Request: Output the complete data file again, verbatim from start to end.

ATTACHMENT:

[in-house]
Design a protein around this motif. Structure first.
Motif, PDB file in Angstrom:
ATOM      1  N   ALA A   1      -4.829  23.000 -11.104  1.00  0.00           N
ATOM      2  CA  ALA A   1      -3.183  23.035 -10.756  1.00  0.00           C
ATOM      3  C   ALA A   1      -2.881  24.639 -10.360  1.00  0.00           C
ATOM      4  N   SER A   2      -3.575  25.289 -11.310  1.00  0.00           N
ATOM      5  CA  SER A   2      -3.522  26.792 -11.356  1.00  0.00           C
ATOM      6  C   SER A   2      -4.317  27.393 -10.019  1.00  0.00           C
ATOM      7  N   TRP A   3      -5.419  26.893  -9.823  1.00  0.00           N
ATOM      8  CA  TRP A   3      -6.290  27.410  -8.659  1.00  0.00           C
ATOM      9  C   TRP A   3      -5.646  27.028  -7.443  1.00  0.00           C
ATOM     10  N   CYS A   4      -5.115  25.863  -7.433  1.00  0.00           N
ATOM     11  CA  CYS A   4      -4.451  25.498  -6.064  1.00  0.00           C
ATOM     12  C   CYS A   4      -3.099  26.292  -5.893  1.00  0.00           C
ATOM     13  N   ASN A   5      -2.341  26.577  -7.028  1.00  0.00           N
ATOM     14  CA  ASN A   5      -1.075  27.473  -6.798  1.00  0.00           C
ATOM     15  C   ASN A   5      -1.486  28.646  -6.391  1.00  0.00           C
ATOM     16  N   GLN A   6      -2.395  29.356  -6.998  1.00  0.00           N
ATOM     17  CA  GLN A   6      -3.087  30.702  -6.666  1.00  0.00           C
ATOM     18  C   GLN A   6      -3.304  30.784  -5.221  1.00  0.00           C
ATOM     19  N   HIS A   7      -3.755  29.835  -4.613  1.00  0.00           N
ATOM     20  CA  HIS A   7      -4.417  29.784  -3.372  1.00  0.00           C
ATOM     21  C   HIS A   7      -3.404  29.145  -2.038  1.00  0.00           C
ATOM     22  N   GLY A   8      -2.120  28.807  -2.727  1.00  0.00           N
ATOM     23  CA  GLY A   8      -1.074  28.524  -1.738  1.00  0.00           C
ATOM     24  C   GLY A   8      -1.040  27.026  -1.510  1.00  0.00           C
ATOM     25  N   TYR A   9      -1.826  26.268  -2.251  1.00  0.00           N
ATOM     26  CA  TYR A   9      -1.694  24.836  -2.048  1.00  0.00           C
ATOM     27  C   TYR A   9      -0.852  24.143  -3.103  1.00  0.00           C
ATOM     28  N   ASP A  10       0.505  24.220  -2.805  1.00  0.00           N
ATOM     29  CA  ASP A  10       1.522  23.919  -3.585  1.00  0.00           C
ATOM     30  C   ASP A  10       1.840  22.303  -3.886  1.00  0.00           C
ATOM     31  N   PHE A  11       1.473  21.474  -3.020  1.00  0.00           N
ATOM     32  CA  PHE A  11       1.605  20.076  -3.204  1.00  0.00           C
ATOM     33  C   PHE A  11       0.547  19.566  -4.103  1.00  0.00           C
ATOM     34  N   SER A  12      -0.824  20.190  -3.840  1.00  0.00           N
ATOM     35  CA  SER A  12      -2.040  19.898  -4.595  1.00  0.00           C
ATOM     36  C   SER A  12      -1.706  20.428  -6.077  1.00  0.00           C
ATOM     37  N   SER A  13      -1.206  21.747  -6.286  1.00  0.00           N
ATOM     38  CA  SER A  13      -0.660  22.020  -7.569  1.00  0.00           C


[in-house]
Design a protein around this motif. Structure first.
Motif, PDB file in Angstrom:
ATOM      1  N   ALA A   1      -4.829  23.000 -11.104  1.00  0.00           N
ATOM      2  CA  ALA A   1      -3.183  23.035 -10.756  1.00  0.00           C
ATOM      3  C   ALA A   1      -2.881  24.639 -10.360  1.00  0.00           C
ATOM      4  N   SER A   2      -3.575  25.289 -11.310  1.00  0.00           N
ATOM      5  CA  SER A   2      -3.522  26.792 -11.356  1.00  0.00           C
ATOM      6  C   SER A   2      -4.317  27.393 -10.019  1.00  0.00           C
ATOM      7  N   TRP A   3      -5.419  26.893  -9.823  1.00  0.00           N
ATOM      8  CA  TRP A   3      -6.290  27.410  -8.659  1.00  0.00           C
ATOM      9  C   TRP A   3      -5.646  27.028  -7.443  1.00  0.00           C
ATOM     10  N   CYS A   4      -5.115  25.863  -7.433  1.00  0.00           N
ATOM     11  CA  CYS A   4      -4.451  25.498  -6.064  1.00  0.00           C
ATOM     12  C   CYS A   4      -3.099  26.292  -5.893  1.00  0.00           C
ATOM     13  N   ASN A   5      -2.341  26.577  -7.028  1.00  0.00           N
ATOM     14  CA  ASN A   5      -1.075  27.473  -6.798  1.00  0.00           C
ATOM     15  C   ASN A   5      -1.486  28.646  -6.391  1.00  0.00           C
ATOM     16  N   GLN A   6      -2.395  29.356  -6.998  1.00  0.00           N
ATOM     17  CA  GLN A   6      -3.087  30.702  -6.666  1.00  0.00           C
ATOM     18  C   GLN A   6      -3.304  30.784  -5.221  1.00  0.00           C
ATOM     19  N   HIS A   7      -3.755  29.835  -4.613  1.00  0.00           N
ATOM     20  CA  HIS A   7      -4.417  29.784  -3.372  1.00  0.00           C
ATOM     21  C   HIS A   7      -3.404  29.145  -2.038  1.00  0.00           C
ATOM     22  N   GLY A   8      -2.120  28.807  -2.727  1.00  0.00           N
ATOM     23  CA  GLY A   8      -1.074  28.524  -1.738  1.00  0.00           C
ATOM     24  C   GLY A   8      -1.040  27.026  -1.510  1.00  0.00           C
ATOM     25  N   TYR A   9      -1.826  26.268  -2.251  1.00  0.00           N
ATOM     26  CA  TYR A   9      -1.694  24.836  -2.048  1.00  0.00           C
ATOM     27  C   TYR A   9      -0.852  24.143  -3.103  1.00  0.00           C
ATOM     28  N   ASP A  10       0.505  24.220  -2.805  1.00  0.00           N
ATOM     29  CA  ASP A  10       1.522  23.919  -3.585  1.00  0.00           C
ATOM     30  C   ASP A  10       1.840  22.303  -3.886  1.00  0.00           C
ATOM     31  N   PHE A  11       1.473  21.474  -3.020  1.00  0.00           N
ATOM     32  CA  PHE A  11       1.605  20.076  -3.204  1.00  0.00           C
ATOM     33  C   PHE A  11       0.547  19.566  -4.103  1.00  0.00           C
ATOM     34  N   SER A  12      -0.824  20.190  -3.840  1.00  0.00           N
ATOM     35  CA  SER A  12      -2.040  19.898  -4.595  1.00  0.00           C
ATOM     36  C   SER A  12      -1.706  20.428  -6.077  1.00  0.00           C
ATOM     37  N   SER A  13      -1.206  21.747  -6.286  1.00  0.00           N
ATOM     38  CA  SER A  13      -0.660  22.020  -7.569  1.00  0.00           C